Take the 2-minute tour ×
Personal Finance & Money Stack Exchange is a question and answer site for people who want to be financially literate. It's 100% free, no registration required.

When you start a job, you give your employer the W-4 form which figures out your allowances (or deductions). It's just a number. How does that translate into how much they withhold from your paycheck?

For example, if I put 1 through 10 in that box, how much difference would that be for someone making $60,000 annually.

share|improve this question

4 Answers 4

up vote 0 down vote accepted

A simplistic answer would be that it's a multiplier on how much money per paycheck to subtract from your tax withholding (taxes per paycheck), then at the end of the year you will have paid taxes on your income minus the amount of your withholding allowances.

If you get a decent (roughly 3% or more of your gross annual salary) refund you are letting the government withhold too much (and should increase your allowances), if you have to pay a decent amount of taxes at the end of the year then the amount withheld is not high enough (and should decrease your allowances).

I definitely recommend using the calculator that Stephen Cleary mentions, but I think it's just as easy to adjust it up or down by 1 or 2 each year based on whether you got a large refund, no refund, or paid taxes.

If you are disciplined with your money many experts advise to increase withholding allowances, save the extra in a safe short term interest account so that you earn money on your money and not the government.

share|improve this answer

The translation scheme is detailed in IRS Publication 15, "Employer's Tax Guide". For the 2010 version, the information is in Section 16 on Page 37. There are two ways that employers can calculate the withheld tax amount: wage bracket and percentage. Alternatively, they can also use one of the methods defined in IRS Publication 15-A.

I'll assume the person making $60k/yr with 10 allowances is paid monthly ($5000/period) and married. Using the wage bracket method, the amount withheld for federal taxes would be $83 per pay period. Using the percentage method, it would be $81.23 per pay period.

I don't recommend that you use this information to determine how to fill out your W-4. The IRS provides a special online calculator for that purpose, which I have always found quite accurate.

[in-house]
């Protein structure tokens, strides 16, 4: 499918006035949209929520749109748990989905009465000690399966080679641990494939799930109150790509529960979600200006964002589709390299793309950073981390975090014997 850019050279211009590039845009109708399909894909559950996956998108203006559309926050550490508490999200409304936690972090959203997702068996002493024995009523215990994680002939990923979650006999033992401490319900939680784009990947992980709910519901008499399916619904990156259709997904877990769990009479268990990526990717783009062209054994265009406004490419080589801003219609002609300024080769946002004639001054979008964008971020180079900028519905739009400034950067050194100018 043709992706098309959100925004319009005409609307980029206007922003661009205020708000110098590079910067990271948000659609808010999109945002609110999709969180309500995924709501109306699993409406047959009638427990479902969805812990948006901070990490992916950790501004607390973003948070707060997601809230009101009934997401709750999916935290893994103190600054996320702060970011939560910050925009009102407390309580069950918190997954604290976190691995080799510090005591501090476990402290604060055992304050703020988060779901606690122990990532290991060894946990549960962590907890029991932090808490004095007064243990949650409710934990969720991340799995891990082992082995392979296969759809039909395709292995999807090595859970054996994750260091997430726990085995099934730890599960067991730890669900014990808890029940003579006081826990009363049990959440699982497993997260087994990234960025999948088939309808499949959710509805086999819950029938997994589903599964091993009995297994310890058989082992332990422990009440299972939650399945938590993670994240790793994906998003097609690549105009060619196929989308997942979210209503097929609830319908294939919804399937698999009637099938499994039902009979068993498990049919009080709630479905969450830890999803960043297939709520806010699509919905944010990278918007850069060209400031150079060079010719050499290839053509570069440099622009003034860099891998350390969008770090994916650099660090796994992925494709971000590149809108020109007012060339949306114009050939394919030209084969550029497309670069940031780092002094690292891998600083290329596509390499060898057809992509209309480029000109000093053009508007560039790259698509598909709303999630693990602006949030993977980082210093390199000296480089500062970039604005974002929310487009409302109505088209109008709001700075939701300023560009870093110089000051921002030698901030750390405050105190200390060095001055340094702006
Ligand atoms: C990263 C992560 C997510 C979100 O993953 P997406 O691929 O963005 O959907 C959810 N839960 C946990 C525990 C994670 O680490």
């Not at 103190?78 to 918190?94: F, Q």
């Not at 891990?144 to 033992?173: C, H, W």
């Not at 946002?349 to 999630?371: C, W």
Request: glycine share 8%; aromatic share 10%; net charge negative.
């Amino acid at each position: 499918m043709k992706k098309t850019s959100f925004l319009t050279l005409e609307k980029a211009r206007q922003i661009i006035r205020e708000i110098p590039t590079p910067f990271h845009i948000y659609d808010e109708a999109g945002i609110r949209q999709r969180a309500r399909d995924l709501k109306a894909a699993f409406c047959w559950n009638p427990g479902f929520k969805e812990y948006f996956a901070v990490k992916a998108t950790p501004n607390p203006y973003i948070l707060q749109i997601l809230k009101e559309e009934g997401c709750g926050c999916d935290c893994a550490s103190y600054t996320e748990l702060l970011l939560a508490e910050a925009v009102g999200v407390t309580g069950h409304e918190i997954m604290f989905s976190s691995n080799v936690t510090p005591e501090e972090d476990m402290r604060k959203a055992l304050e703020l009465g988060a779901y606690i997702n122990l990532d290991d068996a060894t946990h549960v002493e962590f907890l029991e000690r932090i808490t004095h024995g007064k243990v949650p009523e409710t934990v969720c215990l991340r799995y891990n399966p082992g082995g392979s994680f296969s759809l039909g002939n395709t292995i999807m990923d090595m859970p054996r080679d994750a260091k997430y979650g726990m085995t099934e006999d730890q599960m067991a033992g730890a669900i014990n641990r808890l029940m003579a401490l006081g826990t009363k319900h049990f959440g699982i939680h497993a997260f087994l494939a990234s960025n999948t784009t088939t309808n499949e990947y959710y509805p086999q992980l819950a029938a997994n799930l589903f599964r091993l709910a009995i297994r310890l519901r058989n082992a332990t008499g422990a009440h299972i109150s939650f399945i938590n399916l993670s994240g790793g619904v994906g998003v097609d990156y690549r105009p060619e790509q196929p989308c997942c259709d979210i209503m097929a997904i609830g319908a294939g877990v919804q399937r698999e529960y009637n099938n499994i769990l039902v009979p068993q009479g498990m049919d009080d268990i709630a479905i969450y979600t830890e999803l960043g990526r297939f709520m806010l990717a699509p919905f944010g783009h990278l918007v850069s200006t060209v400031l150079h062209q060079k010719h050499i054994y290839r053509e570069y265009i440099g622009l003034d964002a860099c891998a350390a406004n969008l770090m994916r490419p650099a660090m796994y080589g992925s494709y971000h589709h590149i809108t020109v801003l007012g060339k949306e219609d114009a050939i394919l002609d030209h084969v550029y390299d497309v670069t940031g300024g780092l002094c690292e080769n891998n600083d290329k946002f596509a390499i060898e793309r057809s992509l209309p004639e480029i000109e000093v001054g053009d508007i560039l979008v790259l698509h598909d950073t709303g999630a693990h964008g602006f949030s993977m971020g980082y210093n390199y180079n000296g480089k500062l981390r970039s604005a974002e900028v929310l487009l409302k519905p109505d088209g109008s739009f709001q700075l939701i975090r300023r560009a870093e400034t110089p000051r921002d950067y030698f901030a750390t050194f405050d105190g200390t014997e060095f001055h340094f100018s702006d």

Note: "allowances" are not the same as "dependents"; "allowances" are a more realistic estimation of your tax deductions, taking into consideration much more than just your dependents.

share|improve this answer

I've given up on trying to understand how the allowances correspond to my number of dependents. What I do instead to achieve the same end goal of having the right amount of money withheld is using a paycheck calculator.

If I get paid 24 times a year (twice a month) and I figure I'm going to owe about $6,000 of taxes, then every paycheck needs to have $250 of federal tax withheld from it to make sure I am covered.

Go to the paycheck calculator and play with the allowance numbers until you get $250 as the federal tax withheld and then submit a new W4 to your employer.

This is the only reliable way I've found to figure this out on my own. Because my calculations are done in dollars instead of exemptions, etc. and my taxes do not wildly fluctuate year-to-year this works well for me.

share|improve this answer

The taxes that are deducted from you paycheck are estimated from the expected annual income you receive from the employer. In the same way, the employer will deduct from that expected annual income the tax deductions you would get for the number of dependents you specify. Hence your net income will be lower, your annual tax obligation also, which can than be calculated down to the period of your paycheck.

share|improve this answer
    
huh? so the number just represents the number of dependents I'd have? –  Michael Pryor Aug 6 '10 at 17:30
    
I believe when I used to work in US, you just put the number of dependents in there, it might have changed now. However, the principle is the same. One time the employer calculates from the number of dependents the deductions, the other, you specify the deductions according to the IRS rules. –  txwikinger Aug 6 '10 at 18:02

Your Answer

 
discard

By posting your answer, you agree to the privacy policy and terms of service.

Not the answer you're looking for? Browse other questions tagged or ask your own question.